• Be leery of the the patient who has increasing pain with coughing or swallowing as this may indicate a hyoid bone fracture. [Waseem, 2009]

 

Laryngeal Injury: Management

  • The critically ill/injured child needs to have rapid assessment and management of the airway.
    • Bag ventilations need to be done carefully… as you may worsen subQ emphysema. [Shire, 2011]
    • INTUBATE CAREFULLY, but oral intubation can be done successfully in these patients. [Shire, 2011; Kadish, 1994]
  • In clinically stable patient in whom you suspect laryngeal fracture or injury [Waseem, 2009]
    • Flexible fiberoptic laryngoscopy can help visualize possible injuries while remaining at bedside.
    • CT of neck is an option, but only if patient stable enough to leave department.
      • CT is most useful for defining fluid collections or fractures. [Sidell, 2011]
      • CT should not be done if that patient has obvious tracheal injury in need of surgical repair. [Shires, 2011]
      • May want to include CT of Cervical Spine, Soft Tissues, and Chest.
        • Remember that poly-trauma is most common.
        • Cervical spine injuries are often concomitant. [Kadish, 1994]
  • There is wide variation in the management by subspecialists. [Sidell, 2011; Shire, 2011; Waseem, 2009]
    • Patients with minor or non displaced fractures are often managed conservatively. [Sidell, 2011]
      • Close observation
      • Steroids
      • Humidified oxygen
    • Patients with more significant injuries require endoscopic evaluation.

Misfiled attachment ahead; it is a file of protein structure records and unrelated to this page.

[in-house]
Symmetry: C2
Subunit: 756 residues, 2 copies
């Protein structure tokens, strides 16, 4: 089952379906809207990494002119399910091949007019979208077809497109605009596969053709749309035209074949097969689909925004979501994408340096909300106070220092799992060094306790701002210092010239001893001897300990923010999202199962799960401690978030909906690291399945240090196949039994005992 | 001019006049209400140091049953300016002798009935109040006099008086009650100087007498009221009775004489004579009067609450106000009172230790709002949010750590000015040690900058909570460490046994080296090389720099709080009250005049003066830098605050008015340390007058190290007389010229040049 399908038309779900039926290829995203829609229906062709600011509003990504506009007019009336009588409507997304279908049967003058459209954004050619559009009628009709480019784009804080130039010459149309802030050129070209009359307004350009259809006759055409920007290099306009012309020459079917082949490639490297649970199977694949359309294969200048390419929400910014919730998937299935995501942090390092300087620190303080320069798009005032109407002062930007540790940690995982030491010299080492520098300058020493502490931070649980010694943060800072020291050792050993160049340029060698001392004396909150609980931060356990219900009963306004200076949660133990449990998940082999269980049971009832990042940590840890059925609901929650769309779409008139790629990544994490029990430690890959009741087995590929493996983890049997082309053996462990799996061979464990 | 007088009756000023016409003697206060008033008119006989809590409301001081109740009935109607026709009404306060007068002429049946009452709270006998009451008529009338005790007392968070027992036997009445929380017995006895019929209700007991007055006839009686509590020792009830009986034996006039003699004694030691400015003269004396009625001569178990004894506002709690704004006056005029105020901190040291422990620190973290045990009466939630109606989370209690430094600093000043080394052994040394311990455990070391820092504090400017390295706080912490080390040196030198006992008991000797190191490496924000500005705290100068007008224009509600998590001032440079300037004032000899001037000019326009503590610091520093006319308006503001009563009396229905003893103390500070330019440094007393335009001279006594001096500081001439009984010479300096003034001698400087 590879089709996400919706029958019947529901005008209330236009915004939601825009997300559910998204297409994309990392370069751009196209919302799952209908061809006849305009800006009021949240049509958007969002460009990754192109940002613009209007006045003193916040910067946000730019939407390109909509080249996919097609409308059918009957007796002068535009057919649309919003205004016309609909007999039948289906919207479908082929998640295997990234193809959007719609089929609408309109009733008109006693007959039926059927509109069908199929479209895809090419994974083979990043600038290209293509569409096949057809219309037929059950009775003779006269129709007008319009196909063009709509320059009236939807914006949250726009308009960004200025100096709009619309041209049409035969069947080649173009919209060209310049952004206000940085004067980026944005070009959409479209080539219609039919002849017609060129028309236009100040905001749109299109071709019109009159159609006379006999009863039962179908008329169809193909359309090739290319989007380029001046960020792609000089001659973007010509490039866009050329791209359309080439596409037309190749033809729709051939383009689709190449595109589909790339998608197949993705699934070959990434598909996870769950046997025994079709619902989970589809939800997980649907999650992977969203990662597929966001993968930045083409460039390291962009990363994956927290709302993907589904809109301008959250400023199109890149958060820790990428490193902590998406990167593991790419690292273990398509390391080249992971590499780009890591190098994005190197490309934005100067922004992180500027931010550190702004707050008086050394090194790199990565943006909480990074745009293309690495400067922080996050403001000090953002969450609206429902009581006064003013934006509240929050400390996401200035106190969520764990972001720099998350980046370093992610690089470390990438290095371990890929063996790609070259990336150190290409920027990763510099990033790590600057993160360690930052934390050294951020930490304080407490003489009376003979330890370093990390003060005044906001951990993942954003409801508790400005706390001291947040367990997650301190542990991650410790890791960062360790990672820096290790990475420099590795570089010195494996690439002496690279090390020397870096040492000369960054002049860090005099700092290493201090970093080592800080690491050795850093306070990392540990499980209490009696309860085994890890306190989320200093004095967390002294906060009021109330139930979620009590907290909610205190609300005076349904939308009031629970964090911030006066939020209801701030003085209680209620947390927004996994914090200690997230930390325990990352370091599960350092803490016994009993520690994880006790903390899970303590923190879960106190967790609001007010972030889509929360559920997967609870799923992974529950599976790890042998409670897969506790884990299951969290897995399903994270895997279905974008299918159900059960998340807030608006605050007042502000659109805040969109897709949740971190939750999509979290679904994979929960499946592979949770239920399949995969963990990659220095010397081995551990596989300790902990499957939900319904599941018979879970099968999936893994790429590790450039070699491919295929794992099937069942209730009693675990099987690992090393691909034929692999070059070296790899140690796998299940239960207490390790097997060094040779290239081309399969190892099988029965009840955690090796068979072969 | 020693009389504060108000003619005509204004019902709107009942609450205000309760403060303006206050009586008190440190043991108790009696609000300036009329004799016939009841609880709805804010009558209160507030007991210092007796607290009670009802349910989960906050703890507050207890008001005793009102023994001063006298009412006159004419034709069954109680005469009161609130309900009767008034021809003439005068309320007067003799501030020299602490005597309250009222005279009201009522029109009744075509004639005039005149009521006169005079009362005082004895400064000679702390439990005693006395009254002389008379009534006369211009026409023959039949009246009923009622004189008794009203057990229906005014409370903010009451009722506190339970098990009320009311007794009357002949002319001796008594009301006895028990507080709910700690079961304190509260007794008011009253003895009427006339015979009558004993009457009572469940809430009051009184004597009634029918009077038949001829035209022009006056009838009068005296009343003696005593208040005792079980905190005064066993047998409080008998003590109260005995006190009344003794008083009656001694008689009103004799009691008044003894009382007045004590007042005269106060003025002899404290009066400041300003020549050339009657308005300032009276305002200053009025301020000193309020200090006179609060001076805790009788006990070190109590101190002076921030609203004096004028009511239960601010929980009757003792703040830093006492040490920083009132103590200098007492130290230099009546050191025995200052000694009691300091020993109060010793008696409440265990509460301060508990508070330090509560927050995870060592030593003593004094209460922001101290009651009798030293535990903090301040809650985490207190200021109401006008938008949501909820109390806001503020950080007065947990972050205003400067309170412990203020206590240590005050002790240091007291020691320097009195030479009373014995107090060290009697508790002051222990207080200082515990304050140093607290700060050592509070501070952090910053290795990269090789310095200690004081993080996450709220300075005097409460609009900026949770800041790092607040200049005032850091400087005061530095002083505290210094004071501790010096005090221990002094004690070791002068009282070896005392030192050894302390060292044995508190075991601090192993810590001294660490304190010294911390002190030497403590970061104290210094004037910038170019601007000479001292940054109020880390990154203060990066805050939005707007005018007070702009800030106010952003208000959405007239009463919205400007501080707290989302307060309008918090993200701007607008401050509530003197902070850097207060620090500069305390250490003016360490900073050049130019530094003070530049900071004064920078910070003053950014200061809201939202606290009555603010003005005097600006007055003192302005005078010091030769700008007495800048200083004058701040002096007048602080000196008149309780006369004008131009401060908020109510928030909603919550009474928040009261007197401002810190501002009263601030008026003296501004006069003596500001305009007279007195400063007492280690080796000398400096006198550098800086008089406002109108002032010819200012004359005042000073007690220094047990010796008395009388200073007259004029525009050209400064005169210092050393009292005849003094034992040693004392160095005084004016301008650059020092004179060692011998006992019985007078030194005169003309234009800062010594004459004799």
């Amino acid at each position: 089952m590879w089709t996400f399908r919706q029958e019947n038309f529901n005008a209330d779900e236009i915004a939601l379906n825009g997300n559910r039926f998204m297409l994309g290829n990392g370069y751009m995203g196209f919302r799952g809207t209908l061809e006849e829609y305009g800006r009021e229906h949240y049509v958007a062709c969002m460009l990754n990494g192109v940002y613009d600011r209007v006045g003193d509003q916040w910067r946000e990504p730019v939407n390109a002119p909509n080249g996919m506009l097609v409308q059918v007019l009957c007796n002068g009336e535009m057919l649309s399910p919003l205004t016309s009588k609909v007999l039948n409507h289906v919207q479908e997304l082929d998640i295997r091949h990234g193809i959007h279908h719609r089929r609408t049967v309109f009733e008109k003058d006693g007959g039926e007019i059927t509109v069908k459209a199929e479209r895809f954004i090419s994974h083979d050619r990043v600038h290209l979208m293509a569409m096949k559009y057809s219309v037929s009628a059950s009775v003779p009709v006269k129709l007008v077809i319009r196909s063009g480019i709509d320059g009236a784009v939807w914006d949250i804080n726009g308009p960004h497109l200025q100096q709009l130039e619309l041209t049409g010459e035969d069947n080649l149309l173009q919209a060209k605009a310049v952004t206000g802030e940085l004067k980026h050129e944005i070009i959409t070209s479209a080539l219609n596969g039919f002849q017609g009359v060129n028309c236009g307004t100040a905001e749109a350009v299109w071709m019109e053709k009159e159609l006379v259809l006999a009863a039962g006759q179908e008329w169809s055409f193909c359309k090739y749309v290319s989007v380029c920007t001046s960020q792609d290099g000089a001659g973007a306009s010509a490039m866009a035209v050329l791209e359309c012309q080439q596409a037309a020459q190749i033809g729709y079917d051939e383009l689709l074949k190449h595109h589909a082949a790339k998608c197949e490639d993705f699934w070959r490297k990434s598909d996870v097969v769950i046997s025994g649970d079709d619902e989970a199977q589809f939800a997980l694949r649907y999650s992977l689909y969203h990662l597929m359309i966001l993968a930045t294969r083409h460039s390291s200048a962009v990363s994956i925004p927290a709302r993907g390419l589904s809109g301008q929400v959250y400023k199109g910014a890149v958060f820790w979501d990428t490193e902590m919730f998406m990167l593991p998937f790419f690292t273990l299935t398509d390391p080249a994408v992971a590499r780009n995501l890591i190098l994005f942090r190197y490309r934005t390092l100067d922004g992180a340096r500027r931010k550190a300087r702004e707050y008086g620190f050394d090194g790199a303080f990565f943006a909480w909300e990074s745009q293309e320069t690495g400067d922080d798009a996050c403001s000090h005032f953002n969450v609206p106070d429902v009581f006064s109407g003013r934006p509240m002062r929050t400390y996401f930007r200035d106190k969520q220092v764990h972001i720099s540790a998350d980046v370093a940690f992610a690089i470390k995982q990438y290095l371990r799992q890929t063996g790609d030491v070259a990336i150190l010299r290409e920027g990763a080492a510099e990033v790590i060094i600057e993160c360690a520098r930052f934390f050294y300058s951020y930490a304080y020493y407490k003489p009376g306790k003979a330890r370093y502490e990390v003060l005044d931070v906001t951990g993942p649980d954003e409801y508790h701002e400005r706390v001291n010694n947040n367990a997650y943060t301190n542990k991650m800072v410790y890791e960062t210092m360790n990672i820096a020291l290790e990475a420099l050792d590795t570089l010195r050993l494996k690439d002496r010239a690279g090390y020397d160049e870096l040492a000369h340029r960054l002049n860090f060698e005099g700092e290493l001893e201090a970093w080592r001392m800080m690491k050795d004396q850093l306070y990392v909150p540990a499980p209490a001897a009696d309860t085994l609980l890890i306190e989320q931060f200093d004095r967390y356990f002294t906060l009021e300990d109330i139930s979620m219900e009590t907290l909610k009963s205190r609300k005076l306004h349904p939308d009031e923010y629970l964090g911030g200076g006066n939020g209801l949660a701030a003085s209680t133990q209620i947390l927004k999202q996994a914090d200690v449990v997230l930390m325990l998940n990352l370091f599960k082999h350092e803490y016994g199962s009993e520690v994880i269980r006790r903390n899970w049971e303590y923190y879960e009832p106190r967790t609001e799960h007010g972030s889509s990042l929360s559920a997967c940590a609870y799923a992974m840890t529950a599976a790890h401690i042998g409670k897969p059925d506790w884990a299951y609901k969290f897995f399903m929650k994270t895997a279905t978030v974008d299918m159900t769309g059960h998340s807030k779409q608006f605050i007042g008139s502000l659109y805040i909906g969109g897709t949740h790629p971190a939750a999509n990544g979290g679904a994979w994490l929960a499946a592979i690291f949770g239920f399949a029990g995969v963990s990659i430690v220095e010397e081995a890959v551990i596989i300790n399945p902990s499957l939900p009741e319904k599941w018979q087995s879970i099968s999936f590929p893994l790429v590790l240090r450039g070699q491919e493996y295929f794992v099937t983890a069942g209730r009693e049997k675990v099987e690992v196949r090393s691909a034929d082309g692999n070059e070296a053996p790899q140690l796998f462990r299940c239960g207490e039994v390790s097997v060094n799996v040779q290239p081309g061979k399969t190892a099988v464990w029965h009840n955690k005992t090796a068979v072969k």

• Newer endoscopic techniques can also allow for more complex repairs.
      • Stenting may be used.
    • Tracheostomy may still need to be performed to stabilize pediatric patients with laryngeal trauma. [Sidell, 2011]
    • Therapeutic strategies should be tailored for the individual. [Sidell, 2011]

 

Moral of the Morsel

  • While laryngeal injury in kids is rare, it can be deadly!
  • Presentation can be subtle and delayed!
  • Respect any derangement in Speech, Swallowing, or Airway after an injury to the anterior neck.

 

References

Sidell D1, Mendelsohn AH, Shapiro NL, St John M. Management and outcomes of laryngeal injuries in the pediatric population. Ann Otol Rhinol Laryngol. 2011 Dec;120(12):787-95. PMID: 22279950. [PubMed] [Read by QxMD]

Shires CB1, Preston T, Thompson J. Pediatric laryngeal trauma: a case series at a tertiary children’s hospital. Int J Pediatr Otorhinolaryngol. 2011 Mar;75(3):401-8. PMID: 21242005. [PubMed] [Read by QxMD]

Waseem M1, Kane MR. An uncommon cause of throat pain. Pediatr Emerg Care. 2009 Jan;25(1):35-6. PMID: 19148011. [PubMed] [Read by QxMD]

Merritt RM1, Bent JP, Porubsky ES. Acute laryngeal trauma in the pediatric patient. Ann Otol Rhinol Laryngol. 1998 Feb;107(2):104-6. PMID: 9486903. [PubMed] [Read by QxMD]

Kadish H1, Schunk J, Woodward GA. Blunt pediatric laryngotracheal trauma: case reports and review of the literature. Am J Emerg Med. 1994 Mar;12(2):207-11. PMID: 8161397. [PubMed] [Read by QxMD]

Sean M. Fox

I enjoy taking care of patients and I finding it endlessly rewarding to help train others to do the same. I trained at the Combined Emergency Medicine and Pediatrics residency program at University of Maryland, where I had the tremendous fortune of learning from world renown educators and clinicians. Now I have the unbelievable honor of working with an unbelievably gifted group of practitioners at Carolinas Medical Center. I strive every day to inspire my residents as much as they inspire me.

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1 Response

  1. Health_Kenya says:

    What can be done to avoid long term Voice complications.